Staffan Sasses Gränd (Swedish: "Alley of Staffan Sasse") is a blind alley in Gamla stan, the old town in central Stockholm, Sweden. Stretching north from Köpmangatan, it forms a parallel street to Bollhusgränd and Peder Fredags Gränd.
The alley is named after Staffan Sasse, a man originating from Westphalia in Germany, who is mentioned as having bought a house belæget paa køpmana gatwne ("situated on Köpmangatan" (Merchant's Street)) in 1524, and the alley was associated with his name from 1569. He served, first under Sten Sture the Younger (1493-1520), and then under King Gustav Vasa (1496-1560) during the ousting of the Danish forces. Staffan Sasse was raised to peerage in 1524 and appointed court bailiff in 1531.
The alley is mentioned as ' gamble ("old") Staffan Saxsses grändh ' in 1615, but is referred to as the alley of Blasius Dundie in 1609, the latter a merchant from Scotland who is said to have owned a garden in the alley, at the time facing his building on the opposite side of Köpmangatan. His presence in Stockholm is first documented in 1576, and his business was apparently successful, since he owned a great number of properties in and around the city and is one of the renowned Blasius potentially having given his name to Blasieholmen, today a peninsula in central Stockholm but at the time an islet east of the city.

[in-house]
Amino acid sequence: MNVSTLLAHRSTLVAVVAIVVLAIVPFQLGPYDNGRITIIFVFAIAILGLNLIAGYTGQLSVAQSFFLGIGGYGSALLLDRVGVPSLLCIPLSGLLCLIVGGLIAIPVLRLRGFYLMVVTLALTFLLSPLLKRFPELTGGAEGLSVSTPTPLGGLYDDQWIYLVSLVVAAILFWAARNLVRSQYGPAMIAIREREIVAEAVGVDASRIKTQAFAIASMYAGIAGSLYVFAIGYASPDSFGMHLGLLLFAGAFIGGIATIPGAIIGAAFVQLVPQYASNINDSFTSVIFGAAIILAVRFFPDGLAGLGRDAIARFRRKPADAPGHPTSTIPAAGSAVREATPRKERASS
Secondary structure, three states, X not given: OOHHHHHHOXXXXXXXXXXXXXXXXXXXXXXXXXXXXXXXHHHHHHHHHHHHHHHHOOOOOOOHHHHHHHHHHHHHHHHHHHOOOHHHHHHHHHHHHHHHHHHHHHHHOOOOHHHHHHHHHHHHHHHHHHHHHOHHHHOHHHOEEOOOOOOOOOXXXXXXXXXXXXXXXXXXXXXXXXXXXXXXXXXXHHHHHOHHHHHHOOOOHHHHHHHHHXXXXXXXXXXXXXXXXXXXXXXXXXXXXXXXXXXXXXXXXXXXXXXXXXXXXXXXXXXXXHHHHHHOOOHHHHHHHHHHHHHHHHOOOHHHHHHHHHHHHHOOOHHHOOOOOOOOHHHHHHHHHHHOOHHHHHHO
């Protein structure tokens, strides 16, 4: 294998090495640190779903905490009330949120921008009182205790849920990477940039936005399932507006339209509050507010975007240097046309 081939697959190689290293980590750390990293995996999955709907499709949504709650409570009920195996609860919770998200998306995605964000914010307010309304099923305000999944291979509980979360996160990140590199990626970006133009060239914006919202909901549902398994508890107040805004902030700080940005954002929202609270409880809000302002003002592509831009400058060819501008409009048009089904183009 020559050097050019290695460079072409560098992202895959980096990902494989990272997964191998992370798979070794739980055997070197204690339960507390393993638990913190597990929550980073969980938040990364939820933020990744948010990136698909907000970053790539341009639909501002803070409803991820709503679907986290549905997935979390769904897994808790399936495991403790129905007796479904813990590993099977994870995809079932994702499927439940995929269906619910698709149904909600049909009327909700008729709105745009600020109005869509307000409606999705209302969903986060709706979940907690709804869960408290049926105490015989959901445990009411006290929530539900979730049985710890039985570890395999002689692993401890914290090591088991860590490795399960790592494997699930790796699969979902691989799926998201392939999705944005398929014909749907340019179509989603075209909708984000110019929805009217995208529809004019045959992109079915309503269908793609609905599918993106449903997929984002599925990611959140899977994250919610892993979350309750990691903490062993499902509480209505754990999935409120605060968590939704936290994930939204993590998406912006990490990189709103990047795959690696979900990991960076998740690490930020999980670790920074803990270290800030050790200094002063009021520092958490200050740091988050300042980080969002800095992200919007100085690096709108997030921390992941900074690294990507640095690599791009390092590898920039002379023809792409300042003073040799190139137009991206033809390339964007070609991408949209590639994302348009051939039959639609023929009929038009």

By the end of the 17th century, the alley was referred to as Jgnatij grendh after the printer Ignatius Meurer (1589-1672), a German who settled in Stockholm in 1610, arguably because his famous printing workshop was located in the alley. (See also Ignatiigränd.)
In 1925, the alley was given back its old name.